Terroir: A New Ancient Dimension of the Wine Homeland2020-08-31
Let’s look at something else: Why is the development of small wineries considered a positive development? Nothing small we loved, so why have we stuck here? Because a small cellar serves a small terroir, tied to a vineyard, and this vineyard is an important player in the diversity of the field. Terroir can be said without exaggeration to be one of the greatest treasures of Georgia...
We must remember that the good and bad things inherent in terroir the given year, have the same effect on yeasts as on vines and grapes. Real, living wine is a direct descendent of a given ecosystem just as, for example, honey, which assumes the taste and bouquet depending on where the beekeeper has placed his hives...read in full
Andro Barnovi: In Service of Wine and Country2020-08-18
Like all good organic winemakers, 43-year-old Barnovi understands that good wine begins by nurturing the vineyard’s biodiversity to naturally boost the grape’s immunity to pests and disease. And although a wine can have additives, including sulfites, and still technically be “organic,” Barnovi adds nothing to help or stop the fermentation process. It’s a time-honored method Georgians have been practicing for 8,000 years, longer than anybody in the world.read in full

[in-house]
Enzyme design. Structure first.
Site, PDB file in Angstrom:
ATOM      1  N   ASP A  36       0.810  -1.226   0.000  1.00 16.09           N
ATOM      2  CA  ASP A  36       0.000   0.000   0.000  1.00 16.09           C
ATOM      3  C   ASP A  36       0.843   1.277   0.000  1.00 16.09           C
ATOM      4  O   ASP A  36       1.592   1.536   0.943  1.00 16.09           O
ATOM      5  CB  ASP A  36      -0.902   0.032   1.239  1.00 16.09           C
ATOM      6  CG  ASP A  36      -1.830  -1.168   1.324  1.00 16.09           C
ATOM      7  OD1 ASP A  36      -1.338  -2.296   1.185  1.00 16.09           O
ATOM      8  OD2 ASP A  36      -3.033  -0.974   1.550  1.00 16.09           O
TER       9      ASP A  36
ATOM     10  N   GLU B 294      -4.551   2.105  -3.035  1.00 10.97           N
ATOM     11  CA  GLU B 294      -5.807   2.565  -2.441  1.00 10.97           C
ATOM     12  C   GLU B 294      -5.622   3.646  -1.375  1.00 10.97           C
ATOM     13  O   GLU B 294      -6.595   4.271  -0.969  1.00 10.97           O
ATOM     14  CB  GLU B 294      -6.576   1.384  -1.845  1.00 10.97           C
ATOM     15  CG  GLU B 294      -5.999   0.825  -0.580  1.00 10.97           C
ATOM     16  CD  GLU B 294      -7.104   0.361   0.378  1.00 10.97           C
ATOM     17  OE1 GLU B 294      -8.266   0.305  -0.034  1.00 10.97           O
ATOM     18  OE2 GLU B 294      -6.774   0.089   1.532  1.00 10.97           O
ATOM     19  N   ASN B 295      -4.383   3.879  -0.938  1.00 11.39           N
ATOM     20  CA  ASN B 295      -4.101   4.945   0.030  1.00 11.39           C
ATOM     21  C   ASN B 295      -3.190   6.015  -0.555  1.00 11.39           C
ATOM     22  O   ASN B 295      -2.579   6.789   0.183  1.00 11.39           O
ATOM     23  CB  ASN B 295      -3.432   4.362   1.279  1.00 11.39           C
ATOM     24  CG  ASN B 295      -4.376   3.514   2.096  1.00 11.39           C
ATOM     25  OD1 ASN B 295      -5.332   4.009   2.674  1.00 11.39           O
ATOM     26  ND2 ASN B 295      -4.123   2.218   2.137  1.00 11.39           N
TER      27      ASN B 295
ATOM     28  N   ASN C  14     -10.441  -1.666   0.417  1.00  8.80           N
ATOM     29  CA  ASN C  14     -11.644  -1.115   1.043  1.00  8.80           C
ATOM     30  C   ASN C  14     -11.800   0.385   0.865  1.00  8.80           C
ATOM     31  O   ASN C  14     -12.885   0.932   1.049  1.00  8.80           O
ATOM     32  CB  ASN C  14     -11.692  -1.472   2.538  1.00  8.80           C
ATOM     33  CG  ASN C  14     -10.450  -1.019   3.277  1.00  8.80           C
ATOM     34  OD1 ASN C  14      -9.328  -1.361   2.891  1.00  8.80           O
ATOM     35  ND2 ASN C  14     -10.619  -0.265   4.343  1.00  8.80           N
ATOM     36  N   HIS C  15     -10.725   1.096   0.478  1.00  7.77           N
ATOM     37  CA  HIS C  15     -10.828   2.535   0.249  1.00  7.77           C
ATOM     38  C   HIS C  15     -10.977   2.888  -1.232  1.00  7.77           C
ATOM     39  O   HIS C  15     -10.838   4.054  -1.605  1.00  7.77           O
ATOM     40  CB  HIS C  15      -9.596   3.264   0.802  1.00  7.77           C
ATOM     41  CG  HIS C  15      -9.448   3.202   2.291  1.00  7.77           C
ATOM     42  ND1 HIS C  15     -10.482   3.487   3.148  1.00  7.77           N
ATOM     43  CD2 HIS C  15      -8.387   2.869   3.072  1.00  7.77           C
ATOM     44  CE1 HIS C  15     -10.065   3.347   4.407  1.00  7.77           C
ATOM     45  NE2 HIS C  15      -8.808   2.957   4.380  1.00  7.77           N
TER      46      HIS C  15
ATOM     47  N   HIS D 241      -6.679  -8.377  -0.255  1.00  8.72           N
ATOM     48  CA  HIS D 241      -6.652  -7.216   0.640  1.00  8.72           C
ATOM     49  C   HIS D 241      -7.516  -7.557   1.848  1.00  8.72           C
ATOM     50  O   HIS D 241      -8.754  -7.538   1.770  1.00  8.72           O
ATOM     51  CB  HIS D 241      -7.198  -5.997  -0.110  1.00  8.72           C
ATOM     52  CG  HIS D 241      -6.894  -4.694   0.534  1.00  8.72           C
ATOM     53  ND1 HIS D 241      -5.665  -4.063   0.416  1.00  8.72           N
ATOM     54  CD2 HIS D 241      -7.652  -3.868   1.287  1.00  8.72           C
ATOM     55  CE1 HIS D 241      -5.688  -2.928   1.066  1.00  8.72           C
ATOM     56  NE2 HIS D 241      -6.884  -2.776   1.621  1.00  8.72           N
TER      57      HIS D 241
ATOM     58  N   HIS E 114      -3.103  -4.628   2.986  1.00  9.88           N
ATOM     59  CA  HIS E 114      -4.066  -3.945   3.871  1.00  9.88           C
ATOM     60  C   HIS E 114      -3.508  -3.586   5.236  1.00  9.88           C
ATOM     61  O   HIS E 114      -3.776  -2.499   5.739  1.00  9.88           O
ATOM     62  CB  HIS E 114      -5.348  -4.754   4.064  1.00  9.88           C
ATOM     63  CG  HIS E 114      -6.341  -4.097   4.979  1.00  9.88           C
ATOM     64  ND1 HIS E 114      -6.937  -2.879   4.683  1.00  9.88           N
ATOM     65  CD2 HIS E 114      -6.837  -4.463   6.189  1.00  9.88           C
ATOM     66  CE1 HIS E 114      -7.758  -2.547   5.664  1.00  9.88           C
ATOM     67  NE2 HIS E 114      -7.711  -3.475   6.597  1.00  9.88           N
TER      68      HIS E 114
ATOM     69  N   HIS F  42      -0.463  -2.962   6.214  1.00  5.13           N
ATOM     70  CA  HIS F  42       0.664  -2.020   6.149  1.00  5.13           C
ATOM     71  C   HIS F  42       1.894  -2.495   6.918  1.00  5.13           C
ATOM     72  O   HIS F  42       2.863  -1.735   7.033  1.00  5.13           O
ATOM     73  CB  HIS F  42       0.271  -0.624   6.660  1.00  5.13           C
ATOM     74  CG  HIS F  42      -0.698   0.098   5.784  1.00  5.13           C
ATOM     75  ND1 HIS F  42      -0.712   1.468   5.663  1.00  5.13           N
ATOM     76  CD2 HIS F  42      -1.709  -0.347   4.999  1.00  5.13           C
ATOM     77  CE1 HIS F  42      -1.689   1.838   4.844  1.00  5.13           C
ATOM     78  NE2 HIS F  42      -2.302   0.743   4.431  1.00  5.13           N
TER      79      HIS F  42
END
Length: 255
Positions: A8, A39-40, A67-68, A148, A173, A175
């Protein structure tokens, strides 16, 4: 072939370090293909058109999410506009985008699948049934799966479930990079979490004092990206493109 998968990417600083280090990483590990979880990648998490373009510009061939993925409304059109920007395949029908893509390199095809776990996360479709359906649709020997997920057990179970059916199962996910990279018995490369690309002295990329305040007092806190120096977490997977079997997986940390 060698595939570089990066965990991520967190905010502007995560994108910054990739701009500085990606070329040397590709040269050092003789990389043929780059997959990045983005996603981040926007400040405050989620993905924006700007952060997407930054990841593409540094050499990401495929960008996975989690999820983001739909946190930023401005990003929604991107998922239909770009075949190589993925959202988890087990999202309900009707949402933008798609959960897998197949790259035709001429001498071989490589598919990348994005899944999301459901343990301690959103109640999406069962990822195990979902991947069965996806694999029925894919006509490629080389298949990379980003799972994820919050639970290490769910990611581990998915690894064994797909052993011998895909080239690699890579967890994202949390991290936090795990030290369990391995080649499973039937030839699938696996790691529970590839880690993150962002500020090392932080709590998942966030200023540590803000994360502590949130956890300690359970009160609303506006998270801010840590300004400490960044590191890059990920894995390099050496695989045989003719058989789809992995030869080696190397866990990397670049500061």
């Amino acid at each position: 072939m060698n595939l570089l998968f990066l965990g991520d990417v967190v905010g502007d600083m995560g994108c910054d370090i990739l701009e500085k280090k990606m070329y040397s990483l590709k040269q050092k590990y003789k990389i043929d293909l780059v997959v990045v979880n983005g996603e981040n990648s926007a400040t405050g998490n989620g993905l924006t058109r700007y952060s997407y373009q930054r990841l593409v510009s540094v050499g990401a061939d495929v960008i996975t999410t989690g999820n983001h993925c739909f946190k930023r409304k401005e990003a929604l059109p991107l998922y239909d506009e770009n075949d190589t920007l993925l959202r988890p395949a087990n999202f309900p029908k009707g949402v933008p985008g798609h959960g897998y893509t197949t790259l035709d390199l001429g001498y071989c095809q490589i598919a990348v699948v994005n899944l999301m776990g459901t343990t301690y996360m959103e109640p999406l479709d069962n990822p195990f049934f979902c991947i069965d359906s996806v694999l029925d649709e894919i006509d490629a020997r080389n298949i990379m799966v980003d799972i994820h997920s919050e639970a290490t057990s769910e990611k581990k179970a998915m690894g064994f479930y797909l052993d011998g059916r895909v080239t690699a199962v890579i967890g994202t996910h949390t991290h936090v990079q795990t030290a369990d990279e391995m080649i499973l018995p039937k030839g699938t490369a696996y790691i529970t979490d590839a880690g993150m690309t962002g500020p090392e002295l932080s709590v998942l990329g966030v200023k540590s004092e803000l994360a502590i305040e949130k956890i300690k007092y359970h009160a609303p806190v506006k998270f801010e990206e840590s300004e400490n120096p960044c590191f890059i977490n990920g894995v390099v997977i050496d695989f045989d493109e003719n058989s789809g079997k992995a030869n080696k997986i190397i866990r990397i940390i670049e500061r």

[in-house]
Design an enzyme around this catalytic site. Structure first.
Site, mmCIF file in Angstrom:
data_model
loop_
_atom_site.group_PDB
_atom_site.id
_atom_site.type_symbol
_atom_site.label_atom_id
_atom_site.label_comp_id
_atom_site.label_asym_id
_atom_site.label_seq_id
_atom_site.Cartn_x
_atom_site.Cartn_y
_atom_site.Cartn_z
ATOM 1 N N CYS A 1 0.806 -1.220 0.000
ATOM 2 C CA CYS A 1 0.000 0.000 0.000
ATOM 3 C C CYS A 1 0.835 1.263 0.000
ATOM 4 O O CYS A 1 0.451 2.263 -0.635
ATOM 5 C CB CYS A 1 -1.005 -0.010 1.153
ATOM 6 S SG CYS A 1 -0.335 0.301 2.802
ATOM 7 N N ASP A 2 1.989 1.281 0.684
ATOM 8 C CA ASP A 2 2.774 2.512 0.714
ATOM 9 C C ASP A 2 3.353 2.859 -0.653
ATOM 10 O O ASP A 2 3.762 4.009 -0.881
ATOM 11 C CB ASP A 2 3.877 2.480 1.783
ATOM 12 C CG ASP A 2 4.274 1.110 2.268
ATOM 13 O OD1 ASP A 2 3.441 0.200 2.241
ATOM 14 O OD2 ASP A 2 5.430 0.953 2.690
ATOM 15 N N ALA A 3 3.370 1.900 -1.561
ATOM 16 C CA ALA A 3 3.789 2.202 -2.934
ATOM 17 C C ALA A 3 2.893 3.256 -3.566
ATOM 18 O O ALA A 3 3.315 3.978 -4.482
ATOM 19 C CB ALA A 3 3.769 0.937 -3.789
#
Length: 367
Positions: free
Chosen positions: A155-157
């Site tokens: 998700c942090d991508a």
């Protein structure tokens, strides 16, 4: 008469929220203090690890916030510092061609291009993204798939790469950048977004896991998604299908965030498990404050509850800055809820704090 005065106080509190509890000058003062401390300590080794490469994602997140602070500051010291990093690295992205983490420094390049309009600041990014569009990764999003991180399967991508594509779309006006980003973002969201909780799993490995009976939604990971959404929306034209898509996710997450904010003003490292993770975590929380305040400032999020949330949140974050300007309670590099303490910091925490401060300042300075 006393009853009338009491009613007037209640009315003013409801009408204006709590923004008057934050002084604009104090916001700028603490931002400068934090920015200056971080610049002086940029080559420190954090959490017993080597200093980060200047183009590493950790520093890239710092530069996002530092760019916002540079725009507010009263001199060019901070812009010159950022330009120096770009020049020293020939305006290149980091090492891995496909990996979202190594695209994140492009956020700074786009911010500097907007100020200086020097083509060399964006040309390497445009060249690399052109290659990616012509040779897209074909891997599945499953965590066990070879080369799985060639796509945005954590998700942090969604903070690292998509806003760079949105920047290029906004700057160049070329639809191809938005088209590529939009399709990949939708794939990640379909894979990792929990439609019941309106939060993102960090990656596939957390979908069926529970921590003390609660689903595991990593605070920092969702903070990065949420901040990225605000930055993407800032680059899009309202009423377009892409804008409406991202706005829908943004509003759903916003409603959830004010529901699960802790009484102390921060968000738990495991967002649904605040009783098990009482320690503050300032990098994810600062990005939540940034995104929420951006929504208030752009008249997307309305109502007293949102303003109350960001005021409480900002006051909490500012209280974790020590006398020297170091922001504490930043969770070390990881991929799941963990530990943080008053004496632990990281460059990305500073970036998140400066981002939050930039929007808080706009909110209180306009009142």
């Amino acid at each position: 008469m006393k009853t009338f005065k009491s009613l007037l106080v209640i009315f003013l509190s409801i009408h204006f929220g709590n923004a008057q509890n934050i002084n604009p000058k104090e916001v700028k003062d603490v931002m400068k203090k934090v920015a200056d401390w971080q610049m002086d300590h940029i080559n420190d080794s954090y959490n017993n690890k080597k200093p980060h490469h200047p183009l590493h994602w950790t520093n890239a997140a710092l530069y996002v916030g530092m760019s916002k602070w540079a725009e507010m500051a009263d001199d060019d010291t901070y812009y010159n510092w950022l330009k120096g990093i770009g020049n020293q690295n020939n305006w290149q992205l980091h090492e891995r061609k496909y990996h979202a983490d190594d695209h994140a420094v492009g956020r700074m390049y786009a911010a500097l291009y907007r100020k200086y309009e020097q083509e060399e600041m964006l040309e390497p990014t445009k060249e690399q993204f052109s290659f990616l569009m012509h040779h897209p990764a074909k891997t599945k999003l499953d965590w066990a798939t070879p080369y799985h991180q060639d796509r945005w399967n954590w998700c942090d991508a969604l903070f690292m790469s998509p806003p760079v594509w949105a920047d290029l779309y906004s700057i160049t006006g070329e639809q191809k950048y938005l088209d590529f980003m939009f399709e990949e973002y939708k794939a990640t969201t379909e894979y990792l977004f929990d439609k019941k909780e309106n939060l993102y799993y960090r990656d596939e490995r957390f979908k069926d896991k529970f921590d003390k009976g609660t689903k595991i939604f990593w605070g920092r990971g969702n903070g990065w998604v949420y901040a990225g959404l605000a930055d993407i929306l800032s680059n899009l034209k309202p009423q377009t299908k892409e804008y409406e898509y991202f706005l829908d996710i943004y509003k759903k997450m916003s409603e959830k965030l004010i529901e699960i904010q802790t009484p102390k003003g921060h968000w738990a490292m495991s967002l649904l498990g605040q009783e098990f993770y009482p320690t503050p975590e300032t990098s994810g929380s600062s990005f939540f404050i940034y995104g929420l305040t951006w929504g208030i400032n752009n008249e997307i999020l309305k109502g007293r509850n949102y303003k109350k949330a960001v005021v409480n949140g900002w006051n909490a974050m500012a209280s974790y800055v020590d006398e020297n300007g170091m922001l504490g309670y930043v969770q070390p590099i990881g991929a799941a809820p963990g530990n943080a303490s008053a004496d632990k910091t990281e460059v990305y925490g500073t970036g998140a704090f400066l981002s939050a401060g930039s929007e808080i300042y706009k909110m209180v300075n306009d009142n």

Discover Where Wine Came From2020-08-18
Another great example of Kartli’s spirit comes from Andro Barnovi of Wine Artisans' collective. A former politician, Andro returned to his roots to help home wine producers turn their craft into something they can share with the global wine community. Andro started this journey publicly in 2008, while still holding government office in the Georgian Department of Defense. He began spearheading wine event organization and supporting small producer initiatives, all in an attempt to breathe new life into the artisanal sector. Today they make amber, rose and red wines you can read more about in my forthcoming article on Wine Artisan’s Cellar.read in full